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‘Luce’ Trailer: Provocative Sundance Drama Hints at a Timely American Mystery

Julias Onah's big screen take on J.C. Lee's 2013 play features an impressive cast and chilling questions to spare.

luce sundance

“Luce”

When we first meet Luce (Kelvin Harrison, Jr.), he seems to be the product of a successful adoption that took him from his native Africa and allowed him to flourish with a doting (and white) American family. He’s a smart kid, a talented athlete, and he’s got a very bright future ahead of him. But what’s really going on?

In Sundance sensation “Luce,” Julius Onah’s big screen adaptation of J.C. Lee’s 2013 play of the same name, that question lingers throughout a drama that also functions as a mystery. When Luce turns in an incendiary essay about African writer Frantz Fanon, praising the controversial Pan-Africanist’s support of violence to combat colonization, his teacher Harriet (Octavia Spencer) is unsettled enough to go snooping deeper into his life.

She doesn’t like what she finds, and Luce (not to mention his parents, played by Naomi Watts and Tim Roth) isn’t excited about what unfolds either, and as the film winds on, “Luce” toys with the idea that either perspective could be right. Or wrong. Is Luce harboring dark secrets? Is Harriet prying too much into a complex kid? Is the truth somewhere in the middle?

In his B+ review out of Sundance, IndieWire’s Eric Kohn wrote of the film: “That oscillating perspective allows this grounded drama to develop a remarkable degree of moment-to-moment suspense, and it remains an actors’ showcase even as the premise risks turning into a gimmick.”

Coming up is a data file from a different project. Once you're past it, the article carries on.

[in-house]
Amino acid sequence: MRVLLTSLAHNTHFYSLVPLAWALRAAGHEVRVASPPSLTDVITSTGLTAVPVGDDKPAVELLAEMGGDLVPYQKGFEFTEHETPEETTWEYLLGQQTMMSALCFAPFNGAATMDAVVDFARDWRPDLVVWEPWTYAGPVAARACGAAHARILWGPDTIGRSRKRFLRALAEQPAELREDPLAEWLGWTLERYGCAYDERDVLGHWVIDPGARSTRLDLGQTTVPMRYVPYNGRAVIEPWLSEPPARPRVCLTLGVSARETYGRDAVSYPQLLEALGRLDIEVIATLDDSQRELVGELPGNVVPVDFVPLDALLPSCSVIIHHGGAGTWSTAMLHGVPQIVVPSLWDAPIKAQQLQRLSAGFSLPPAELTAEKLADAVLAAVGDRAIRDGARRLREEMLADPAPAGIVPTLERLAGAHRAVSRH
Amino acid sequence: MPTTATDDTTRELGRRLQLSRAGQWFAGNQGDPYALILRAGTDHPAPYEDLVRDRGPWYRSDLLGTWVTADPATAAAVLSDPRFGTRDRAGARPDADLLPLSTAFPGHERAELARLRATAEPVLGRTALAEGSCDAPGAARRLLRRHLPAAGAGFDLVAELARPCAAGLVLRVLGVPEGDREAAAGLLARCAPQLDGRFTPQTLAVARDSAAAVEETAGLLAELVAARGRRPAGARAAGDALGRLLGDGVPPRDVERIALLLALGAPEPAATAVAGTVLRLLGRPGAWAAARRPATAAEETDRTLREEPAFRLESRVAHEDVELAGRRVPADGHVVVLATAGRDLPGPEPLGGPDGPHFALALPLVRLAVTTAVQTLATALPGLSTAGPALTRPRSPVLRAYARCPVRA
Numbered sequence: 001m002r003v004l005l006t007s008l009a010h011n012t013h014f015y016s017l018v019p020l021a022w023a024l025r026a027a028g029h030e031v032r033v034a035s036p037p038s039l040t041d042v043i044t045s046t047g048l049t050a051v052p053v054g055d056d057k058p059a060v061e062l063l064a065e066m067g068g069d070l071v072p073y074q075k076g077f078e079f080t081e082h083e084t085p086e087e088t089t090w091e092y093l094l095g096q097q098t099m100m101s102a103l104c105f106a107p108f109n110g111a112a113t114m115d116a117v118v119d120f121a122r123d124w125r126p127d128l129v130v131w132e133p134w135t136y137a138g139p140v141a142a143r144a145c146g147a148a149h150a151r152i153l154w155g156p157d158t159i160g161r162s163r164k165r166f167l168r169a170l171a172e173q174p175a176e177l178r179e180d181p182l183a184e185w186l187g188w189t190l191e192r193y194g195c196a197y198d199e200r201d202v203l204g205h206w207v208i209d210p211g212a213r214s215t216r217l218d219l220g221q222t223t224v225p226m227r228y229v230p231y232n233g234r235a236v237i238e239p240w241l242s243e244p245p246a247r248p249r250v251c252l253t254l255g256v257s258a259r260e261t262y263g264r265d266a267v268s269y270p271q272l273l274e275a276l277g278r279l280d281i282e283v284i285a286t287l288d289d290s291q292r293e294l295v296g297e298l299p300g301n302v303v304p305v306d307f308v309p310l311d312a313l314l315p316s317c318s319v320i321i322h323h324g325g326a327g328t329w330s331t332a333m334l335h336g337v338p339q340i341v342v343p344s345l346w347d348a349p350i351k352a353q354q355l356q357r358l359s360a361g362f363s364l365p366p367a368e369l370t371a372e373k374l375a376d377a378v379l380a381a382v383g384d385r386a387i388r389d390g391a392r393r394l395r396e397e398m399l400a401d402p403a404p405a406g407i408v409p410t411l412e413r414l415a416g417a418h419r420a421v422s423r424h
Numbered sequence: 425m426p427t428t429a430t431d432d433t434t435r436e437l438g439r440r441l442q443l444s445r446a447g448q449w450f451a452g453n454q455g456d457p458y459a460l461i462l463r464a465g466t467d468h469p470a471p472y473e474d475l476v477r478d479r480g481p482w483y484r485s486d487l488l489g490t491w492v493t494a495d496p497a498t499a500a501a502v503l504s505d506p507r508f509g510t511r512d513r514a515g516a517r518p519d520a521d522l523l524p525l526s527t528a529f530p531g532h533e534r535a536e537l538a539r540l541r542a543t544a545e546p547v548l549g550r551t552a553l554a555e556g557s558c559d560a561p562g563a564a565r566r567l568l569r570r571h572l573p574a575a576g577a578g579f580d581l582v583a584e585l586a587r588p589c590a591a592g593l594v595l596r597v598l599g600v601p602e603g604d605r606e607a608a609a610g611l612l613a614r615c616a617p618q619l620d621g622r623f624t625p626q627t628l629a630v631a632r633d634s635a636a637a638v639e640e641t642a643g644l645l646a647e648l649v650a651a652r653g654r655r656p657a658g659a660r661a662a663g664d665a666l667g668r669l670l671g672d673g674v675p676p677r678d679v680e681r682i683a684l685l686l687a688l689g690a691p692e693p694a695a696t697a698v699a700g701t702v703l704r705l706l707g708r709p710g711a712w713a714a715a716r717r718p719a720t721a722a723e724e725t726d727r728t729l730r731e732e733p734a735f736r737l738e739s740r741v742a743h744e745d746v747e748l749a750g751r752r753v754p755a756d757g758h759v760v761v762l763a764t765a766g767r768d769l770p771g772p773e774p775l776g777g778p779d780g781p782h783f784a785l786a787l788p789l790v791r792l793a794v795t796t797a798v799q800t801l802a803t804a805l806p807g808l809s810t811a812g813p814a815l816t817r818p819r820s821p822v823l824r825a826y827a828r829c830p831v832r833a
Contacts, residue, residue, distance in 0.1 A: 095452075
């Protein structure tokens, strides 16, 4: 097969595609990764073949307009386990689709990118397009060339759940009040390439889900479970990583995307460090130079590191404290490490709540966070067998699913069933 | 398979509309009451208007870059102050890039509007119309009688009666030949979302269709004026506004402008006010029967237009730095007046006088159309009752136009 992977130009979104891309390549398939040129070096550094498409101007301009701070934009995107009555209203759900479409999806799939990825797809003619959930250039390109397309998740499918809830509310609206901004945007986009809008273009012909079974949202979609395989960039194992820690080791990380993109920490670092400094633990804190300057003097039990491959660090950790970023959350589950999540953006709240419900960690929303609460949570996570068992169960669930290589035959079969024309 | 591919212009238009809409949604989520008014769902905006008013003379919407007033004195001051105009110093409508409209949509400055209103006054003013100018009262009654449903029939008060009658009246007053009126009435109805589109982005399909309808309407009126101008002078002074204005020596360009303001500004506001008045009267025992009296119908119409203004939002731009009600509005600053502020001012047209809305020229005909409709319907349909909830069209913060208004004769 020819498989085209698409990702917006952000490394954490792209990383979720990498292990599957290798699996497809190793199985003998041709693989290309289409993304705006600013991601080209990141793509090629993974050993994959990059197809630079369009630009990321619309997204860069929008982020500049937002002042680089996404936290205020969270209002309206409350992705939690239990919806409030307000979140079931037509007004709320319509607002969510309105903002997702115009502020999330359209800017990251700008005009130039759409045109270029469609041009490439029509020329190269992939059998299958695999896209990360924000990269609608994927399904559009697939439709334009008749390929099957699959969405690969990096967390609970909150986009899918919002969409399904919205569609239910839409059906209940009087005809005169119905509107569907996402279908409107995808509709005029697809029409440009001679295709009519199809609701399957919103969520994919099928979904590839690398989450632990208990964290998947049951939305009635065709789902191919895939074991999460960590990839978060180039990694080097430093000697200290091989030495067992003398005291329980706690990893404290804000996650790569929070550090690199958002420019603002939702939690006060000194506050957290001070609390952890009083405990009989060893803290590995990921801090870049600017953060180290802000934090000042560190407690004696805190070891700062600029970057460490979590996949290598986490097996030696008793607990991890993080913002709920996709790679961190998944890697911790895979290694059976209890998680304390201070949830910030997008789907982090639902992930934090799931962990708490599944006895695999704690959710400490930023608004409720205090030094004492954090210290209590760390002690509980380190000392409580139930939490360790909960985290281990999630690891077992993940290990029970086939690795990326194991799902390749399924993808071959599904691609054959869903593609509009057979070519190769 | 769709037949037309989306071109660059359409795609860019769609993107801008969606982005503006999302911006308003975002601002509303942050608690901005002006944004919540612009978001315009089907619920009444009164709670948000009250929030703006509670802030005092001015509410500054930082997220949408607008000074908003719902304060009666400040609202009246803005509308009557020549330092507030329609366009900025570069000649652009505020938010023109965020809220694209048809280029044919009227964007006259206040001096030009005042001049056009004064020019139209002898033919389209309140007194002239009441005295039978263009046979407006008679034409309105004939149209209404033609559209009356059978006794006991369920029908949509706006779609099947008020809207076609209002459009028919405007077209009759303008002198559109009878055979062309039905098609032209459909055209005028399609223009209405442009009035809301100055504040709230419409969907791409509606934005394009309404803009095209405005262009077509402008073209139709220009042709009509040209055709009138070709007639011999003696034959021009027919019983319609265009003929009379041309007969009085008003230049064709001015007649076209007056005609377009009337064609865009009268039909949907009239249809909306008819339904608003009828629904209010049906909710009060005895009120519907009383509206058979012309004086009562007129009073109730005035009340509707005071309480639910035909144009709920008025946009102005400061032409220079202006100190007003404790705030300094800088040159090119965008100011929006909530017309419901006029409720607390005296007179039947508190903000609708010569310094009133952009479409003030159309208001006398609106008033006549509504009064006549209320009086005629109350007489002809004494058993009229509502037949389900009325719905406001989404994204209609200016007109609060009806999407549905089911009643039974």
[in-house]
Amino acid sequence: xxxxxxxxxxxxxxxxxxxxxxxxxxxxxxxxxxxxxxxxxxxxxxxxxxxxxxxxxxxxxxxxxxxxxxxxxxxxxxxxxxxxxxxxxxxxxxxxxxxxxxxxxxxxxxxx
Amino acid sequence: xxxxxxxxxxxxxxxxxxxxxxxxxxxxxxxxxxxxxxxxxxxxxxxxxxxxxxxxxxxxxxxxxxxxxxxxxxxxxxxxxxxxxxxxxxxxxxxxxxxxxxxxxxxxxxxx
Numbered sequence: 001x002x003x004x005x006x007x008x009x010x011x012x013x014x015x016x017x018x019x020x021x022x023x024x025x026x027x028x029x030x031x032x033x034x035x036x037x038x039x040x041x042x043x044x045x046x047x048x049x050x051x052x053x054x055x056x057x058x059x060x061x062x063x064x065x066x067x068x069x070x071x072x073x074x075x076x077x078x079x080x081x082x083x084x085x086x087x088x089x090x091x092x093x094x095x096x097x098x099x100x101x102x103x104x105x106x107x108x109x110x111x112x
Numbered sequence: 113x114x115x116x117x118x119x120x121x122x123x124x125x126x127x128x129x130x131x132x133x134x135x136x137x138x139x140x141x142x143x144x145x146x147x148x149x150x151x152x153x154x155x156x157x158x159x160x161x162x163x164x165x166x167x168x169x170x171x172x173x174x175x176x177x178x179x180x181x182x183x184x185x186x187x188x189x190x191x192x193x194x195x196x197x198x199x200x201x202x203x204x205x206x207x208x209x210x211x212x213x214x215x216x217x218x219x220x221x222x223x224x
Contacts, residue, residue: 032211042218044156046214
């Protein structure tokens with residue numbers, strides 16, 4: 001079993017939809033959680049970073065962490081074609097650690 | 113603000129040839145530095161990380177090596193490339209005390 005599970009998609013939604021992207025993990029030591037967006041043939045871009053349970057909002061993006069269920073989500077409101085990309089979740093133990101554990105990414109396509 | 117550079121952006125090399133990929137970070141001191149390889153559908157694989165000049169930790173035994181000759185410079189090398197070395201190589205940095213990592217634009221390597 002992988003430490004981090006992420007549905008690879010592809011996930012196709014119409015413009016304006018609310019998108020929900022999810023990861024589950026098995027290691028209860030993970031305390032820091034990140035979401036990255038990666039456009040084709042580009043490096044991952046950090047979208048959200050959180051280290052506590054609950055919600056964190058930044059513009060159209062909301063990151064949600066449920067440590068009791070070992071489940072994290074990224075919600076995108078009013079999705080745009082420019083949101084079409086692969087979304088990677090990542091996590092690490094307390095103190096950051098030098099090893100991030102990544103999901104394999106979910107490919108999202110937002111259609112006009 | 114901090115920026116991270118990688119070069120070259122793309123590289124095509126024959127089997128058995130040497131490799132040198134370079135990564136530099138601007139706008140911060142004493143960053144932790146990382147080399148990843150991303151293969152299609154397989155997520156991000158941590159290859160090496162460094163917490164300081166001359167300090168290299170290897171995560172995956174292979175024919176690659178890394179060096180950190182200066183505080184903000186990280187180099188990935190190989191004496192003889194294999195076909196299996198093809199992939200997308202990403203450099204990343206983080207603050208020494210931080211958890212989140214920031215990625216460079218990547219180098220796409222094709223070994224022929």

Kohn also praised Harrison, a remarkable young actor with a bright future ahead of him, and a performer who easily holds focus in a film filled with seasoned stars who have always impressed. “The bulk of ‘Luce’ belongs to Harrison, the breakout talent of 2017’s ‘It Comes at Night,’ who blends charisma with sudden bursts of anger to underscore Luce’s distinctive identity crisis,” Kohn wrote. “His name itself — chosen after his mother couldn’t pronounce his original African one — highlights the movie’s ongoing exploration of the degree to which Luce has reconciled his troubled origins with the assimilation of his teenage life, as well as the role of his blackness in a white family.”

Watch the first trailer for “Luce” below. Neon will release the film in theaters on August 2.

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